US to impose punitive duties on Chinese tires
Updated: 2015-07-15 17:27
WASHINGTON - The United States will impose punitive duties on certain passenger vehicle and light truck tires imported from China, a US trade authority ruled Tuesday, despite China's repeated strong objections.
A US industry is "materially injured" by imports of these Chinese tires that "the US Department of Commerce has determined are subsidized and sold in the United States at less than fair value," the US International Trade Commission (USITC) said in a final ruling.
The Commerce Department announced last month it had determined that these Chinese tires had been sold in the United States at dumping margins ranging from 14.35 percent to 87.99 percent.
The department also said producers and exporters of these Chinese products received countervailable subsidies ranging from 20.73 percent to 100.77 percent.
As a result of the USITC's affirmative determinations, the Commerce Department will issue antidumping and countervailing duty orders on imports of these products from China, the trade panel said.
In 2014, imports of passenger vehicle and light truck tires from China were worth about 2.3 billion US dollars, according to the Commerce Department.
The department launched the anti-dumping and anti-subsidy investigation into Chinese tires last July, at the request of United Steelworkers, a US labor union. It was quite unusual that this case was brought by US workers rather than the companies competing with Chinese firms, experts said.
"None of the tire firms have joined the petition seeking trade relief; the sole petitioner is the United Steelworkers union," Tyler Moran and Gary Clyde Hufbauer, trade experts at the Peterson Institute for International Economics, wrote in a recent article.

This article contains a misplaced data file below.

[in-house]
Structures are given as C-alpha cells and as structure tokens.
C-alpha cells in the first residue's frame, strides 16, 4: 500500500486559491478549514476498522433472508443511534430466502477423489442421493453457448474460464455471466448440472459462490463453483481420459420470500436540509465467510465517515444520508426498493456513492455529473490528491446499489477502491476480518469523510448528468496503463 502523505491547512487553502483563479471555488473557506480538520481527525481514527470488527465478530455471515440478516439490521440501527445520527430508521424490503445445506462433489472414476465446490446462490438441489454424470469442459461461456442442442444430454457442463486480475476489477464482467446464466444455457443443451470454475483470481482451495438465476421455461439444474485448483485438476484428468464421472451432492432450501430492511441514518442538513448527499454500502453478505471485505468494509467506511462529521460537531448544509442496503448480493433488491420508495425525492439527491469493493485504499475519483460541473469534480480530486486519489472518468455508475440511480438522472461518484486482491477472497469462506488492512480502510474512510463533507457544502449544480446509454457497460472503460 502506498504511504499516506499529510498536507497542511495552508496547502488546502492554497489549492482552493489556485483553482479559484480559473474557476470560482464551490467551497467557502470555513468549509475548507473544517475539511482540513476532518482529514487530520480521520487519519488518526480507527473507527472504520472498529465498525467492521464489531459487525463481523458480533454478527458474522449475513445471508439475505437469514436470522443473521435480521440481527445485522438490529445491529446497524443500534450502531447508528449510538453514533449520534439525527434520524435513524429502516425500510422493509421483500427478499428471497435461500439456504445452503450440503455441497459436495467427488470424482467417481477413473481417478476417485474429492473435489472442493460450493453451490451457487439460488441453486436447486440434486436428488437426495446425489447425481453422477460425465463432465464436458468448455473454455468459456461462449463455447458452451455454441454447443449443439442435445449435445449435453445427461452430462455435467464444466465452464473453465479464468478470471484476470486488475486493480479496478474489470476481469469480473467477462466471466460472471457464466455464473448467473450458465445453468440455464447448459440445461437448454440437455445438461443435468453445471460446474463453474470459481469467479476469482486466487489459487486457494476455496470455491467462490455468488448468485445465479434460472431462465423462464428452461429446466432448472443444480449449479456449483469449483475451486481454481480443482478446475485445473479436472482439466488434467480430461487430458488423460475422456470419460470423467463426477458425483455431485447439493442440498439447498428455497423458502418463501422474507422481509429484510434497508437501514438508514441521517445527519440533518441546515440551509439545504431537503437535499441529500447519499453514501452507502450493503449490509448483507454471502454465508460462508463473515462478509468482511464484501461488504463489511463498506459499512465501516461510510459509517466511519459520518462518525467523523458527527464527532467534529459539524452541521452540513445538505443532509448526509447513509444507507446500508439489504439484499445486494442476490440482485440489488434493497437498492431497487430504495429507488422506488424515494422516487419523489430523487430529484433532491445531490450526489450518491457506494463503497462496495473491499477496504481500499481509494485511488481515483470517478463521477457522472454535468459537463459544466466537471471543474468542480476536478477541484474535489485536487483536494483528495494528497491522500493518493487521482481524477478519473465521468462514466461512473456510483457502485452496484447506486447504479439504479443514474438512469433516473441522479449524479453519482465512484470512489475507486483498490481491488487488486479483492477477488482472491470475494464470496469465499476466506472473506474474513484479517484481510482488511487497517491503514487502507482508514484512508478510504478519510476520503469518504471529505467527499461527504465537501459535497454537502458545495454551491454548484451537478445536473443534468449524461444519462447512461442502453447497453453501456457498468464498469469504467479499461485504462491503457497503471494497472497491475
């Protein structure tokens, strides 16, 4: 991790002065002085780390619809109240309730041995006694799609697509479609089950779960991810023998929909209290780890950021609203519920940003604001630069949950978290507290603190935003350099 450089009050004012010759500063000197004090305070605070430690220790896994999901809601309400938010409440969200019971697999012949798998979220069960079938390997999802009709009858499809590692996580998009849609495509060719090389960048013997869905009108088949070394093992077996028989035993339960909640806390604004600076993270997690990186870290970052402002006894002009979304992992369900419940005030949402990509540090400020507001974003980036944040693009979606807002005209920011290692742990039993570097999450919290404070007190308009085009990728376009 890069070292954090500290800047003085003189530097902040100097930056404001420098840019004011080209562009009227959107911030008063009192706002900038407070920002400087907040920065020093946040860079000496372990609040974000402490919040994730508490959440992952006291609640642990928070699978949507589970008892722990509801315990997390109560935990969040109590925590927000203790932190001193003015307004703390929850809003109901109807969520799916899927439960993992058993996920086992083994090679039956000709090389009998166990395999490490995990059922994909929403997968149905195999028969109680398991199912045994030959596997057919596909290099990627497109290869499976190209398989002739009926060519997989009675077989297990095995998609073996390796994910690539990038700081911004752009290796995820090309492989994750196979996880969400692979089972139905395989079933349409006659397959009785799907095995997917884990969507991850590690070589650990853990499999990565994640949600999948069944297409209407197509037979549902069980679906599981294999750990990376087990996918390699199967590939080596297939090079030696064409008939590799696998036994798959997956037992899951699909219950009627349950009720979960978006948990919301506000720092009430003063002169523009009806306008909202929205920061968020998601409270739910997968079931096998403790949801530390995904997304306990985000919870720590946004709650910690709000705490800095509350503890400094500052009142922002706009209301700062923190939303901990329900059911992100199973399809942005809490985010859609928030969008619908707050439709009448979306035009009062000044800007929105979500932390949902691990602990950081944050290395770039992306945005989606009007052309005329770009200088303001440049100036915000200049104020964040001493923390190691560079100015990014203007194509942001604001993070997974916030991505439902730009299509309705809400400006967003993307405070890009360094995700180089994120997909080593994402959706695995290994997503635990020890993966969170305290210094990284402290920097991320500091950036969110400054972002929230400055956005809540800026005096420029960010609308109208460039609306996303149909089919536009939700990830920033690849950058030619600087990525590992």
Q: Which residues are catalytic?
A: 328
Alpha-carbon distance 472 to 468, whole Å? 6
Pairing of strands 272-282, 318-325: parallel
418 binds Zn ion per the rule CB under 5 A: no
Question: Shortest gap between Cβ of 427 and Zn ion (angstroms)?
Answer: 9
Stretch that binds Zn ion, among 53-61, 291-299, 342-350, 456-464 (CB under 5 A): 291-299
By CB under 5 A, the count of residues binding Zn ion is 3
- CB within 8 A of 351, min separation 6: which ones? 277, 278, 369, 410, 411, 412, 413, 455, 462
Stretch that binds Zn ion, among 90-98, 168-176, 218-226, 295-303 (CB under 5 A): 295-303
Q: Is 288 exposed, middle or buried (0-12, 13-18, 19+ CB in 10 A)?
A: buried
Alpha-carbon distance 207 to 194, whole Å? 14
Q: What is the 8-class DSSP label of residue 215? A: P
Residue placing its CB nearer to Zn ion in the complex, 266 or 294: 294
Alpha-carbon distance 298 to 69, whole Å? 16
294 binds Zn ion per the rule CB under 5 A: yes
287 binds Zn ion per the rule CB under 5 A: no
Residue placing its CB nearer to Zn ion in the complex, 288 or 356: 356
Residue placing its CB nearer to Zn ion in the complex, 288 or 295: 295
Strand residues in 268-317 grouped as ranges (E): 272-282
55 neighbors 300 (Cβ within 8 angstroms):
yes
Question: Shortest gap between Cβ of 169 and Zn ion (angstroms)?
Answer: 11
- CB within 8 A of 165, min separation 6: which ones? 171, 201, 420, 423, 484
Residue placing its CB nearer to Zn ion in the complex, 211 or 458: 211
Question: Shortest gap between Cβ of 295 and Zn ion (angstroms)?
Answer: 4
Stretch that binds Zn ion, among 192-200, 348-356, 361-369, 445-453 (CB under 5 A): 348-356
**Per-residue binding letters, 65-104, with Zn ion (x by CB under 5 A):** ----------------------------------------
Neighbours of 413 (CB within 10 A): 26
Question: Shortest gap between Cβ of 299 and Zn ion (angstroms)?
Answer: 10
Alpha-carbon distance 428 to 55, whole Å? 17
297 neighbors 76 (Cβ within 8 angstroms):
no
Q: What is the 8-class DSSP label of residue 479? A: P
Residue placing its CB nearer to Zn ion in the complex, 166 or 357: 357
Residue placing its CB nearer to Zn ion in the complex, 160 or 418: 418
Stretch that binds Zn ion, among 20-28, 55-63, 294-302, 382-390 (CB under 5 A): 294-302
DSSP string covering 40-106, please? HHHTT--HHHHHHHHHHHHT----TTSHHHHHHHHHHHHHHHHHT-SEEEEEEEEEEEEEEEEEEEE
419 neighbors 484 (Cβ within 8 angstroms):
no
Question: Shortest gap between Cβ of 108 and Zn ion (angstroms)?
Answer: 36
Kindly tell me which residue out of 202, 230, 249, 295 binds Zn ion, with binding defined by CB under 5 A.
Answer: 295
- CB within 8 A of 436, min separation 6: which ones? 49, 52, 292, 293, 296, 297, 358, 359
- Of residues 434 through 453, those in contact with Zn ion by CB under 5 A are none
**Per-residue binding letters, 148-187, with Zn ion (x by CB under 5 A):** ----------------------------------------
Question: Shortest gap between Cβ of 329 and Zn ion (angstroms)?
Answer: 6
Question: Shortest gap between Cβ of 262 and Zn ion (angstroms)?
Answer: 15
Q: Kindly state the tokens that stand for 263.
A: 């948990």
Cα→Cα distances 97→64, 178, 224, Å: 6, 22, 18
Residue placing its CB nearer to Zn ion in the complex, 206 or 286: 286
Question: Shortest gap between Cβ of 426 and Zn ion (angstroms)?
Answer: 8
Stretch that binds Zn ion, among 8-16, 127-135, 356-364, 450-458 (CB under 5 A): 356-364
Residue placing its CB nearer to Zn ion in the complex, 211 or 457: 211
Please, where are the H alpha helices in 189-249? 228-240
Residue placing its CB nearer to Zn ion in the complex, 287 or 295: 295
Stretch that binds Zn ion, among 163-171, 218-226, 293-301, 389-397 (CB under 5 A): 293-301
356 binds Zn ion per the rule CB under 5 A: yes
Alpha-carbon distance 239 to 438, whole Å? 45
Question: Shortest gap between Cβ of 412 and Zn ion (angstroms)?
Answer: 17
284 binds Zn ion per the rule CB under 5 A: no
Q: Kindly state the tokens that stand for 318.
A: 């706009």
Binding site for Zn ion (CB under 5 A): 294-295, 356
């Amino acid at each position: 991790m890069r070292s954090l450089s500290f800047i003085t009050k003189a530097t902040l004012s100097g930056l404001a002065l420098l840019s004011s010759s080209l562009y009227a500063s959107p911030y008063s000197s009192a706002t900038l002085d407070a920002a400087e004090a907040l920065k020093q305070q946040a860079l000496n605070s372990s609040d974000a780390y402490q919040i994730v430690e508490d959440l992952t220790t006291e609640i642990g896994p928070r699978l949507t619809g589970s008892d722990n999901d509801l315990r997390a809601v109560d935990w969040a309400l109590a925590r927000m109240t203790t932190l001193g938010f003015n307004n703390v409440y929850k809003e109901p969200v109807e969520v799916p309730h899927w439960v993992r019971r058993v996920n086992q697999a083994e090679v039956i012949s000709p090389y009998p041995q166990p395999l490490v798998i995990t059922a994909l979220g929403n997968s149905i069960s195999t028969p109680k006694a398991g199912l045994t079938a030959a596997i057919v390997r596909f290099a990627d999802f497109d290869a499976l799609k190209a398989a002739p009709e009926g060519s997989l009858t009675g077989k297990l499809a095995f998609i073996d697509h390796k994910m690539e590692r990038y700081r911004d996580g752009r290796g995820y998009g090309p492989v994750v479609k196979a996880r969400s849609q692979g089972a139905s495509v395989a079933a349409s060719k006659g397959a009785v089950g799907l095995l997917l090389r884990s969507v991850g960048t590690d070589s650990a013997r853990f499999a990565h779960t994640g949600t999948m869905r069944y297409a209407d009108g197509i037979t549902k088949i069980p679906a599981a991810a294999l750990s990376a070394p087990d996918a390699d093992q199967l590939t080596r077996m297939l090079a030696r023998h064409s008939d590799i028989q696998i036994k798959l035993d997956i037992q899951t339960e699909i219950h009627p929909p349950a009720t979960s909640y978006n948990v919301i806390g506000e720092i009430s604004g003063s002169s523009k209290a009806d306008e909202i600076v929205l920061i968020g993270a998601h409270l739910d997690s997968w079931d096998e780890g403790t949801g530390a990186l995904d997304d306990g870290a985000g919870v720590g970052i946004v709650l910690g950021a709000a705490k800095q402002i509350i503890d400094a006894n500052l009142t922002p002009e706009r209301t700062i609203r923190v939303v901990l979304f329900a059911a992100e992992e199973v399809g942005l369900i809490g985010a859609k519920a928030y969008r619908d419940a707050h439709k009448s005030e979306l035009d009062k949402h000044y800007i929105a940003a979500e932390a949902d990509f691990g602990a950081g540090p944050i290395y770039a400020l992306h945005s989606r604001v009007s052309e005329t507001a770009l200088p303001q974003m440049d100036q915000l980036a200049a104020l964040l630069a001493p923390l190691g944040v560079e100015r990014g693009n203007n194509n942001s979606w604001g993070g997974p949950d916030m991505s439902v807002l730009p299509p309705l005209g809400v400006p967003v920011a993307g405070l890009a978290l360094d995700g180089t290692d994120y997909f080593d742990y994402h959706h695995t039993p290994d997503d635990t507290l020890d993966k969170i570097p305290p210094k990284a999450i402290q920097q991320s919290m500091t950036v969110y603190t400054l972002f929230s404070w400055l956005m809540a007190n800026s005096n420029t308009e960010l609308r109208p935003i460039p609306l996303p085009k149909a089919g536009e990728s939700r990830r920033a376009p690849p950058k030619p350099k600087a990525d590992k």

"The case for injury is weaker now than it was in 2009, when market disruption was claimed. Moreover, US producers are stronger today than they were in 2012, when the 'market disruption' safeguard measures expired," they argued, noting that US consumers will suffer if the punitive duties are imposed.
Hufbauer estimated that the total cost to American consumers from higher prices resulting from safeguard tariffs on Chinese tires was around 1.1 billion dollars in 2011. The US invoked a China-specific safeguard to impose punitive duties on imports of Chinese passenger and light truck tires between 2009 and 2012.
"As always, the Commissioners on the USITC face political pressure to make an affirmative injury finding. In this case, the economic facts argue otherwise," the experts concluded.
The Chinese Ministry of Commerce has voiced strong opposition to Washington for its unfair and discriminative methods used in the trade remedy investigation, which breached the rules of the World Trade Organization (WTO) and US domestic laws.
China has also repeatedly urged the US to strictly comply with international trade rules, prudently use trade remedy measures, and adopt responsible attitudes and actions to maintain a free, open and just international trade environment.